A story on St. Lucia News Online (SNO) about paranormal activity at houses in Bisee, Castries and Massade, Gros Islet has attracted the attention of an Australia-based writer, who has been investigating similar reports over the past four years in Asia and Australia.
Paul Cropper, who is currently completing a book on Australian poltergeist cases, contacted SNO two days after the story broke.
Cropper has been investigating paranormal activity since the mid-1970s. He has co-authored Out of the Shadows – Mystery Animals of Australia (1994) and The Yowie (2006) with Tony Healy.
“I am very interested in other poltergeist cases globally, and I was interested to come across your article on the mysterious incidents at Castries,” Cropper wrote via email.
In the May 29 story, a Guyanese family was forced to flee their unfinished three-bedroom house by what they described as a “black male figure”.
Scratching and tapping sounds, doors opening and closing, household objects moving and disappearing, and appliances burning, were some of the activities reported by Paullet Adolphus, who lived in the Castries home with her boyfriend and two children. Some of the activities continue at their new home in Gros Islet, and Adolphus believes her 16-year-old son is possessed by the spirit.
In a follow-up interview, Cropper told SNO that the activities at the Castries and Gros Islet homes may be caused by a poltergeist. He is planning to interview members of the family and further investigations may include a trip to St. Lucia.
“The story, as described, has many of the hallmarks of a poltergeist. The strange sounds, the objects being moved around mysteriously, the strange fires, people being struck by invisible hands, the scratching and tapping sounds have all been reported in other cases – such as the Jamaica case,” Cropper explained.
The author does not believe that demons are involved in the St. Lucia case.
According to Cropper’s website, poltergeistfile.com, the word poltergeist originated in the early 19th century from German words “poltern” to knock and “geist” meaning spirit. According to the Cambridge Dictionary Online, poltergeists are generally viewed as a spirit or force that moves furniture and throws objects around in a house, the website states.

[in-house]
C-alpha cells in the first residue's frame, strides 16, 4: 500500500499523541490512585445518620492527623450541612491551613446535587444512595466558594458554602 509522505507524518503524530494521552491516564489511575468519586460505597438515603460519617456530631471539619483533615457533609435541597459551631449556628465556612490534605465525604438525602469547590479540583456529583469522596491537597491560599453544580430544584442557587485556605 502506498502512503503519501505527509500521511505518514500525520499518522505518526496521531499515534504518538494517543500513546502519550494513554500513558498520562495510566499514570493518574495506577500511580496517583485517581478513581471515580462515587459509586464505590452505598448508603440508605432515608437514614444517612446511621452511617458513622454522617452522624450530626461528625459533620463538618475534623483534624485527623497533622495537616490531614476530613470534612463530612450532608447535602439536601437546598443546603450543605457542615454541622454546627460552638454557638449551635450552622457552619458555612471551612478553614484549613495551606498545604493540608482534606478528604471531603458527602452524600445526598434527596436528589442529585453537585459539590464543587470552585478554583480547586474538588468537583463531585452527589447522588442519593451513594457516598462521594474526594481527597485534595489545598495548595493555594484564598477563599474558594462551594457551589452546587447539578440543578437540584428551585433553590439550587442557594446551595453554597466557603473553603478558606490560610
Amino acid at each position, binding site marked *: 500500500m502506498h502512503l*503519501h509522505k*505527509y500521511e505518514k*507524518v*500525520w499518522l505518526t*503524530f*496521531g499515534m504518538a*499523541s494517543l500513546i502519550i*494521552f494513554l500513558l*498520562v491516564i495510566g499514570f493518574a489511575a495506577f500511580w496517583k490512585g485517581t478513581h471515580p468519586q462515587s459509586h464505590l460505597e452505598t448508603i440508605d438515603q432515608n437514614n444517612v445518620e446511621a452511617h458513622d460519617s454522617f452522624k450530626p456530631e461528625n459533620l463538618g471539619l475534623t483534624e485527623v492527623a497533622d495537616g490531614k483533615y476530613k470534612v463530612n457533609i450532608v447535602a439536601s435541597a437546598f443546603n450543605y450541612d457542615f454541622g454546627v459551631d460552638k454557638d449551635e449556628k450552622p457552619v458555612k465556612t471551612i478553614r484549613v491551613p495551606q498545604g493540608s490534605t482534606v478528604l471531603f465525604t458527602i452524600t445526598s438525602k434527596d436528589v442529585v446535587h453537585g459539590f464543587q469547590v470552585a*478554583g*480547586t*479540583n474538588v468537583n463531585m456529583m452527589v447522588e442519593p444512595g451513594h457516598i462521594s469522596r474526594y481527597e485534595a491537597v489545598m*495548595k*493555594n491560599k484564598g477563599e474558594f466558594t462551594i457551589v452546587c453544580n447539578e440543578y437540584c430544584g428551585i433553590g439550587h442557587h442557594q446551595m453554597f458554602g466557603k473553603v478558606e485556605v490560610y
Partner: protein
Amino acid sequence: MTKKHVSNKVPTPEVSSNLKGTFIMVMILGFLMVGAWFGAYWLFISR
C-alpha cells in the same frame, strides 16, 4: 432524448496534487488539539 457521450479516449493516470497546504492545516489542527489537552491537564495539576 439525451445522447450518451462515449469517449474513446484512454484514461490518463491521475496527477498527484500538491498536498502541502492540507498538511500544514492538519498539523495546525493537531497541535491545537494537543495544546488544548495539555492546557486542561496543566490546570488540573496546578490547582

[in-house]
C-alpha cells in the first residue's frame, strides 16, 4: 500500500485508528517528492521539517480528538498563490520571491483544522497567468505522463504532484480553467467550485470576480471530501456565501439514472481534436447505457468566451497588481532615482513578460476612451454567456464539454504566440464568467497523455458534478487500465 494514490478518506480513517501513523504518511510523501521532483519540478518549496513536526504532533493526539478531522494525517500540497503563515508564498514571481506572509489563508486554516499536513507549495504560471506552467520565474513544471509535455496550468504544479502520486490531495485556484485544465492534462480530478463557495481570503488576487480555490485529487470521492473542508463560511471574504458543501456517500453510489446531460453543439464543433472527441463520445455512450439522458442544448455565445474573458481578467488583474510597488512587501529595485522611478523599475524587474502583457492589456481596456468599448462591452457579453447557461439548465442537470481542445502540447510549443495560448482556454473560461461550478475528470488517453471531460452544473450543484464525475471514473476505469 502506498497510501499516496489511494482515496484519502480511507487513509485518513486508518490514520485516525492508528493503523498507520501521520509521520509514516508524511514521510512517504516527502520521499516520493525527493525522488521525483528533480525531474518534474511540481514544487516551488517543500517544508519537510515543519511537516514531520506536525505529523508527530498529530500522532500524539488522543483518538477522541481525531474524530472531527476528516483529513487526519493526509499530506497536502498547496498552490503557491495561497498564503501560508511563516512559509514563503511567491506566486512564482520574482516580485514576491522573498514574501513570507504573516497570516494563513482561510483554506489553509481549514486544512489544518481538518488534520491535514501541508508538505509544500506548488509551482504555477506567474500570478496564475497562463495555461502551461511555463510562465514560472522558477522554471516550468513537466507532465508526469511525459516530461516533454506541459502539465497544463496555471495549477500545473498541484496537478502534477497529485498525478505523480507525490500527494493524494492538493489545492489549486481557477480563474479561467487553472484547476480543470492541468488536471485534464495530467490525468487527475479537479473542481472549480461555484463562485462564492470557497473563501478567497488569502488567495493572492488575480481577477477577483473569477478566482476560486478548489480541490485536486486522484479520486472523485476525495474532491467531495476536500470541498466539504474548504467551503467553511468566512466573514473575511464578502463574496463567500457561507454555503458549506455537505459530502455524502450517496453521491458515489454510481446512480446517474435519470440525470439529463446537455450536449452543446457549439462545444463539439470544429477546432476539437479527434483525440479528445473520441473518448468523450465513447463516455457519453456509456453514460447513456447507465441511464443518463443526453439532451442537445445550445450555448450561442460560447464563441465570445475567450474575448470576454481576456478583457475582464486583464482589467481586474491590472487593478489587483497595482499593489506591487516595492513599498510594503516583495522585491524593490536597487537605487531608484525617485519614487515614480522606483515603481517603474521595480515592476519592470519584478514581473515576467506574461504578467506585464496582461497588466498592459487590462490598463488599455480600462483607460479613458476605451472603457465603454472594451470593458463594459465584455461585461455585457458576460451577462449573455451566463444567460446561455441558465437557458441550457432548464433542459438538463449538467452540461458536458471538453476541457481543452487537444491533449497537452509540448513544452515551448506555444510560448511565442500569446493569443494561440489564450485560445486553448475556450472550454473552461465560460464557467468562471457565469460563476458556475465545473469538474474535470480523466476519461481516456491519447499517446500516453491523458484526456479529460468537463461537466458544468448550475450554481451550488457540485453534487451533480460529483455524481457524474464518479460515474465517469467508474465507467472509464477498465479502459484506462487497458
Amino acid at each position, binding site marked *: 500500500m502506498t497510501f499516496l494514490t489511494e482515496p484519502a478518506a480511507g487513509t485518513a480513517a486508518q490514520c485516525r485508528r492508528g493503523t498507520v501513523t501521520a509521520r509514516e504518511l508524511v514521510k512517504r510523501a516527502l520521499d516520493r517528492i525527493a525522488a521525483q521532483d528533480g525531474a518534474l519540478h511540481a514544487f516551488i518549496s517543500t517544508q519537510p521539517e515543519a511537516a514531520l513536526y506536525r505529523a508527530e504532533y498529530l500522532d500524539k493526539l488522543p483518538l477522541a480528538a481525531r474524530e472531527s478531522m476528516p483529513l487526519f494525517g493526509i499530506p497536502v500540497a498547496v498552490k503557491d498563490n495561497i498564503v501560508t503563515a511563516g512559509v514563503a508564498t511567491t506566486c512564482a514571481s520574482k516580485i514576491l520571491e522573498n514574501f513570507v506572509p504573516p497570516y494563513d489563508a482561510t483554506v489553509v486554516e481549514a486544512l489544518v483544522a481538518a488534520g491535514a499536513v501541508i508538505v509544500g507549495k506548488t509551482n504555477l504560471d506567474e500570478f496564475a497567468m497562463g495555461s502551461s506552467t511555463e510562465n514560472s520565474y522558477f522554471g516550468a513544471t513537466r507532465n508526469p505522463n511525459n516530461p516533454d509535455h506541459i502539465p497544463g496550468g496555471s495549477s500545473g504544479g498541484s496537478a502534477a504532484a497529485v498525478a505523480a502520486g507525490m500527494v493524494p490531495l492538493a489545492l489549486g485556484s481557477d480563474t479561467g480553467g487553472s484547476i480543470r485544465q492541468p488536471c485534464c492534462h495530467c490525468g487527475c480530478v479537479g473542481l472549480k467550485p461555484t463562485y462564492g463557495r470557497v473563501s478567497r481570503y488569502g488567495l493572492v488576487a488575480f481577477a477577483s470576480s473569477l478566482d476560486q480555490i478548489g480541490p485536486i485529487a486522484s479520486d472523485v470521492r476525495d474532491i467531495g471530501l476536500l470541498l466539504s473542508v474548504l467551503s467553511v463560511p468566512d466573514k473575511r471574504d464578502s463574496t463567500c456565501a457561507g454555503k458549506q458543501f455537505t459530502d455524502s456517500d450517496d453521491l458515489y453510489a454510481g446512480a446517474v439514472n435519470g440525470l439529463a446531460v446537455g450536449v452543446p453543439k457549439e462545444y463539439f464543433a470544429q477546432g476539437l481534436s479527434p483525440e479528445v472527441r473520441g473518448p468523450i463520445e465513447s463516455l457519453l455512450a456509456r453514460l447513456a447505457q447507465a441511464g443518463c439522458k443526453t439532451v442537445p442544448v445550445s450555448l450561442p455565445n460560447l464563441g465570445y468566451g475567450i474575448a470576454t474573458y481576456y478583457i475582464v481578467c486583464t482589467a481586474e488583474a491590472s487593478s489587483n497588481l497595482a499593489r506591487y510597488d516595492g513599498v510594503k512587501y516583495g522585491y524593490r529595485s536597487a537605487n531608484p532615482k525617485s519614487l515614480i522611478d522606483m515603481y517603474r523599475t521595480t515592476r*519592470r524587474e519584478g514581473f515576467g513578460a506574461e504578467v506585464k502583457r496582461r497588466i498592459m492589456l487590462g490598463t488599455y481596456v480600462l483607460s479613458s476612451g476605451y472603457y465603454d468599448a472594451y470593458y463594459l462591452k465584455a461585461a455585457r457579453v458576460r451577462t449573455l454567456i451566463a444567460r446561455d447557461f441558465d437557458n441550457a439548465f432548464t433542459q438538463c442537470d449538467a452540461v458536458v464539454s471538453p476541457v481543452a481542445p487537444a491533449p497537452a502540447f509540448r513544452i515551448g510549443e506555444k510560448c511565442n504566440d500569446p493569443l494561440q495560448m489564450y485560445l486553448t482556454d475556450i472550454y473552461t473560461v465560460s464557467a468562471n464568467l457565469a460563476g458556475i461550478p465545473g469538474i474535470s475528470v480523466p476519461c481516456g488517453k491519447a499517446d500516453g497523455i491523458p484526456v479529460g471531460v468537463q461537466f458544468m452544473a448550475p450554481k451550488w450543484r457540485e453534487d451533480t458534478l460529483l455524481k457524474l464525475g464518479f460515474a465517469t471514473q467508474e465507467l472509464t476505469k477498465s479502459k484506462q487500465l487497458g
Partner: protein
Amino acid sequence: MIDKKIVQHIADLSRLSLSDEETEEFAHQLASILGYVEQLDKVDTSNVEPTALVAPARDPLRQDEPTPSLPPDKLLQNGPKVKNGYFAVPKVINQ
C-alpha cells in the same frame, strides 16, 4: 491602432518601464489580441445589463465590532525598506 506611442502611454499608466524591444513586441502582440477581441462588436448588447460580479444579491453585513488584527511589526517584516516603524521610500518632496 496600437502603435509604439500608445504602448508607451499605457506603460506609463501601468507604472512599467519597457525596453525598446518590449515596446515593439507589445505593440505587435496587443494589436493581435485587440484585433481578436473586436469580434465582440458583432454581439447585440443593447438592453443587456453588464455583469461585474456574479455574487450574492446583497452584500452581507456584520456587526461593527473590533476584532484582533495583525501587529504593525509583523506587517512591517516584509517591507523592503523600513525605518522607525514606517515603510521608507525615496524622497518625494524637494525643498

“Most researchers believe that these cases are more likely linked, in some way we do not yet understand, to the people involved rather than any outside power. Poltergeist cases tend to be linked to people, while hauntings tend to be linked to places. Poltergeists are also more active and physical, and rather short-term, while hauntings can stretch over decades,” he told SNO. “In my experience, most poltergeist cases simply end after a few weeks. A few last longer, but they are (thankfully) rather rare.”
Cropper said he has experienced paranormal activity first-hand. In 1998, he and Healy witnessed the actions of the Humpty Doo poltergeist in Australia.
“Over the course of four days in a house near Darwin, I observed objects being thrown around without being able to determine who was throwing them. I am now working on a book on the subject,” he said.
“I keep an eye on reports globally via Google. I am interested in poltergeists as they have been reported for centuries, but no one has yet come up with a testable explanation for what is causing them.
“It is certainly wise to be skeptical, and in many cases there are rational explanations that don’t involve anything paranormal, however, in my view, there is a reasonable percentage of cases that cannot be explained,” he said.
Cropper investigated an incident that occurred in Jamaica last year where fire ignited in a house on several occasions and stones rained from the ceiling.
Regarding the St. Lucia case, Cropper said: “It is difficult to come to any firm conclusions without talking to the people involved, both investigators – like yourself – and the family, but the case does seem to have some of the hallmarks of a poltergeist incident.”
Below are explanations from various sources on the World Wide Web as to the differences between a ghost, poltergeist and a demon.
FROM SINNERSTAR (Yahoo Answers)
A ghost – the soul of a deceased person. Sometimes able to move objects and make sounds like a poltergeist, but not a poltergeist.
Poltergeist – paranormal activity involving loud sounds and the disturbing of objects (as in, objects moving across the room, bottle caps popping off, etc.) While some people think poltergeists are ghosts, they are generally considered by paranormal researchers to be paranormal activity caused by someone in the home. Usually, a teenager or young adult who is stressed is subconsciously causing the activity is the current theory.
Demon – supernatural being of evil. The demon was never a person and didn’t die, it’s a being on a different plane than ours. Depending on what religion you’re looking at, demons can do any number of things, including stuff similar to poltergeist activity, possession, eating of souls, etc.
FROM KATE (Yahoo answers)
Ghost: a spirit, of human or animal origin. Some are residual (like a recording in a certain place), while others can cognitively interact with the present world.
Demon: a spirit that can (sometimes) create a physical manifestation of itself, though intent ranges from mild annoyance to extreme malevolence and threats to one’s safety, mentally and physically.
Poltergeist: literally translated from German, a noisy spirit. They are largely thought to be the manifestations of strong emotion in an area, especially if there is a teen/young adult present in the house/immediate area. Usually creates problems for the family/people involved.
Supernatural implies it’s not normal and non-existent, not real. There are many accounts of all three. There are other types of spirits that are not human or animal in origin, usually considered nature spirits, which each have their own unique attributes.